11 Women to Watch at the Rio Paralympics
By Sam Squiers
Carlee Beattie – Athletics
Carlee’s the reigning world champion and current world record holder in the F47 long jump, and is looking to win gold after finishing with silver in London.
A keen sportswoman Carlee was actually discovered in a shopping centre when she was approached by athletics coach Brett Jones. Shortly afterwards she was competing at the Beijing Games.
Holding the world record of 6.01 metres, Carlee is currently coached by Gary Bourne who also coaches Paralympic silver medallist Mitchell Watt.
Angie Ballard – Athletics
Angie is going to her fifth Games and will be aiming for her first gold medal. She’s the current favourite in the T53 400m event but will compete in the 100m, 800m, 1500m and 4x400m relay. Angie’s currently coached by 9-time Paralympic champion Louise Sauvage.
When Angie was seven-years-old, she was involved in a near-fatal accident that paralysed her. Although she doesn’t actually remember the car accident, she recalls waking up on the side of the road unable to move after her father asked her to sit up. After spending six weeks in hospital, Angie returned home to her native Canberra and commenced rehabilitation in Sydney the following year.
Angie actually credits her school PE teacher with finding her competitive edge in wheelchair racing.
Isis Holt – Athletics
Take a moment to think what you were doing as a 14 year old?! Now meet Isis Holt barely in her teens she’s already broken two world records…oh, then she broke them again and again.
Isis burst onto the scene just two years ago and will compete in the T35 100m, 200m and 4x100m relay for athletes with cerebral palsy.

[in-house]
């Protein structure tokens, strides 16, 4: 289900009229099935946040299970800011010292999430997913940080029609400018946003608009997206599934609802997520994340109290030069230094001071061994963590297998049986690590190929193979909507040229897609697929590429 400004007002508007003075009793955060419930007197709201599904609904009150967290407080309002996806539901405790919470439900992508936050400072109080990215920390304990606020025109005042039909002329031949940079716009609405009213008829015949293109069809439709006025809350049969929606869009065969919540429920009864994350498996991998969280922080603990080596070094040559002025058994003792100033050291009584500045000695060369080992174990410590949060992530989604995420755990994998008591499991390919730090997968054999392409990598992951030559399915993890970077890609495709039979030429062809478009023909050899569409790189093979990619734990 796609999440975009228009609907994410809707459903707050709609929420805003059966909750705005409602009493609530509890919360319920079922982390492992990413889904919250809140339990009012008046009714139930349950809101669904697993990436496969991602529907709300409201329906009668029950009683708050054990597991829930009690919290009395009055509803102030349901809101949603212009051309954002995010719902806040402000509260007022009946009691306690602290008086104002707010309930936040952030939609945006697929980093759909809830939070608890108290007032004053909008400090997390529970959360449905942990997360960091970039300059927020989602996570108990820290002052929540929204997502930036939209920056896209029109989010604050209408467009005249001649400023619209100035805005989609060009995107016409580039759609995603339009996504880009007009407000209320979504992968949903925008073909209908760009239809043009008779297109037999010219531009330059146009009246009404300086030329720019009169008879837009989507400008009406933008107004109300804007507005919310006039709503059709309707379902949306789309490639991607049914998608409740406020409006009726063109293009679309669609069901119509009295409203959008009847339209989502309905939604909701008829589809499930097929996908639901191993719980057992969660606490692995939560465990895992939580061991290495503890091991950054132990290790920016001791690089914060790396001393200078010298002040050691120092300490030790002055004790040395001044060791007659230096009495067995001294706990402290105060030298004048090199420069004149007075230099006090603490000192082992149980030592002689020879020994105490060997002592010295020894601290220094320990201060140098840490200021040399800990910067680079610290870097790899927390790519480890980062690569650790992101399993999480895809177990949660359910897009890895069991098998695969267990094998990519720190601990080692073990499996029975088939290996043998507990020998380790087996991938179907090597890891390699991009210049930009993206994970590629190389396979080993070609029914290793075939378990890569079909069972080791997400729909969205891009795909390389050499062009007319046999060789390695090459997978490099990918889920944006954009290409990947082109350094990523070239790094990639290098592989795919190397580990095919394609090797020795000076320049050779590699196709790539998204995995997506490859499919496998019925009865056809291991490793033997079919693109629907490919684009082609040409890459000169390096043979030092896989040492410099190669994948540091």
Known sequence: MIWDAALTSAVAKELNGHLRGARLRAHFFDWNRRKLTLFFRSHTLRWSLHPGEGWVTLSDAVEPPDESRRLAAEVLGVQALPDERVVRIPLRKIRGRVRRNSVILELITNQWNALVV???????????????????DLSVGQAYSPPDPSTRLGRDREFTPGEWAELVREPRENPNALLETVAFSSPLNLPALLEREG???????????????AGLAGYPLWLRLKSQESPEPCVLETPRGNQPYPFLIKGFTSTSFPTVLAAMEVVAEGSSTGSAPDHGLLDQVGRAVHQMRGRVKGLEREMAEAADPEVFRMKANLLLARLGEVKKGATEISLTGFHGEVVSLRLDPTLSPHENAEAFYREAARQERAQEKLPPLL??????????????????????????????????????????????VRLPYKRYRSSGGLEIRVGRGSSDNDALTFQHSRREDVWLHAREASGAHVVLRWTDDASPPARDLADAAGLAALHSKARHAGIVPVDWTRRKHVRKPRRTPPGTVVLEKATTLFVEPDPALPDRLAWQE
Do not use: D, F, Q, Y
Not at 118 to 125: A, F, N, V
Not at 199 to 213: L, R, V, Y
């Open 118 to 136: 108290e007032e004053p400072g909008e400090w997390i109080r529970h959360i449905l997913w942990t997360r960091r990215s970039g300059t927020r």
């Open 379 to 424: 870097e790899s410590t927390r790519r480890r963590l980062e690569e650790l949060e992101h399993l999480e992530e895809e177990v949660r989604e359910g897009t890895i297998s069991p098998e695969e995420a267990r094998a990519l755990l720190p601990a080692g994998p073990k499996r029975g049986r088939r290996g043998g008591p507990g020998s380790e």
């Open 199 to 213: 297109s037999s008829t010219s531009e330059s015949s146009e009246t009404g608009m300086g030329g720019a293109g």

This is her first Paralympics, but just watch this space, this is a superstar in the making.
Katie Kelly – Triathlon
Katie has Usher Syndrome, a rare degenerative disease that affects hearing and vision. An able-bodied triathlete prior to losing her eyesight, Katie turned her disability into an opportunity when she took up Para-triathlon only months after being deemed legally blind. She made her debut for Australia at the ITI World Paratriathlon Event on the Sunshine Coast in March 2015, where she won gold in the PT5 class and posted a time considered to be in the top five of the world.
Katie has run major marathon events and ocean swims around the world including the Port Macquarie Ironman, Alice Springs Marathon as well as the New York Marathon.
Katie has now paired up with Sydney 2000 Olympic Triathlon silver medallist and two-time World Champion Michellie Jones, who will be her guide in the race.
Ellie Cole – Swimming
Ellie is 24 and is going to her third Paralympic Games. She won four gold medals in London including two gold, and after a double-shoulder reconstruction in 2014, made her comeback at the 2015 Worlds where she broke a world record.
If that’s not enough check out Ellie’s schedule for Rio, she’s competing in 50m, 100m & 400m freestyle, 100m backstroke, 4x100m medley relay, 4x100m freestyle relay.
Ellie was diagnosed with cancer at the age of two. After a round of treatment that did not reduce the cancer, her parents made the agonising decision to amputate her leg.
Two days after the surgery, Ellie was standing on her new prosthetic leg and with the encouragement of her mother Jenny (and the incentive of a few tasty Freddo Frogs) she was walking steadily within a few weeks. Two decades later, Jenny regards Freddo Frogs as a good luck charm and carries them with her to each of Ellie’s major competitions.
Daniela Di Toro – Table Tennis
Danni is 2016 Team Co-Captain along with Kurt Fearnley and this will be her 6th Paralympic Games. Danni may be a five-time Paralympian in wheelchair tennis but has now turned her attention to table tennis and is in the unique position of being a rookie on the team, while having so much Paralympic experience.
Daniela was 14-years-old when a wall collapsed on her at a school swimming carnival severing her spinal cord. A keen sportswoman from a young age, Daniela thought she had no future in sport, until she met wheelchair basketball legend Sandy Blythe while undergoing rehab for her injuries.
With Sandy by her side during her recovery, Daniela was inspired to take up wheelchair tennis, the Para-sport version of the sport she always loved.
Danni made her debut for Australia in 1989 and won 9 consecutive Australian Open titles, the U.S Open twice and was the World Champion in 1998 and 1999.
In the Paralympics, Danni won silver in Sydney in the doubles and bronze in the singles in Athens.